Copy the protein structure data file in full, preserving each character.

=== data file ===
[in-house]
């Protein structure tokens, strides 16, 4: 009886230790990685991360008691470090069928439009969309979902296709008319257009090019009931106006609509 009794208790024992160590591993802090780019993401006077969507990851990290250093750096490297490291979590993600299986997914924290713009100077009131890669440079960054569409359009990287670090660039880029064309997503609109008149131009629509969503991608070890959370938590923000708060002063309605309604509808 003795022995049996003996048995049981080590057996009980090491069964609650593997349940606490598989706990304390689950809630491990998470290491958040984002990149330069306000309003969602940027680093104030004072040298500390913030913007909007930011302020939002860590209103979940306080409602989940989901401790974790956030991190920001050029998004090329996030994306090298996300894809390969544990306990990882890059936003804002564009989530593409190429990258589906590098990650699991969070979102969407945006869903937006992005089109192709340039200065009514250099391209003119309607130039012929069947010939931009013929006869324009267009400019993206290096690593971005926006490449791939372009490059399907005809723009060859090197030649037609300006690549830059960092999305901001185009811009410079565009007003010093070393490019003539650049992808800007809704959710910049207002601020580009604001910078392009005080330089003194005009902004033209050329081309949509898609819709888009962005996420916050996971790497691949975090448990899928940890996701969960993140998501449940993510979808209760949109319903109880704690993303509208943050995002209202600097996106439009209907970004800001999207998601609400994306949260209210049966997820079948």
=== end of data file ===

[in-house]
């Protein structure tokens, strides 16, 4: 009886230790990685991360008691470090069928439009969309979902296709008319257009090019009931106006609509 009794208790024992160590591993802090780019993401006077969507990851990290250093750096490297490291979590993600299986997914924290713009100077009131890669440079960054569409359009990287670090660039880029064309997503609109008149131009629509969503991608070890959370938590923000708060002063309605309604509808 003795022995049996003996048995049981080590057996009980090491069964609650593997349940606490598989706990304390689950809630491990998470290491958040984002990149330069306000309003969602940027680093104030004072040298500390913030913007909007930011302020939002860590209103979940306080409602989940989901401790974790956030991190920001050029998004090329996030994306090298996300894809390969544990306990990882890059936003804002564009989530593409190429990258589906590098990650699991969070979102969407945006869903937006992005089109192709340039200065009514250099391209003119309607130039012929069947010939931009013929006869324009267009400019993206290096690593971005926006490449791939372009490059399907005809723009060859090197030649037609300006690549830059960092999305901001185009811009410079565009007003010093070393490019003539650049992808800007809704959710910049207002601020580009604001910078392009005080330089003194005009902004033209050329081309949509898609819709888009962005996420916050996971790497691949975090448990899928940890996701969960993140998501449940993510979808209760949109319903109880704690993303509208943050995002209202600097996106439009209907970004800001999207998601609400994306949260209210049966997820079948």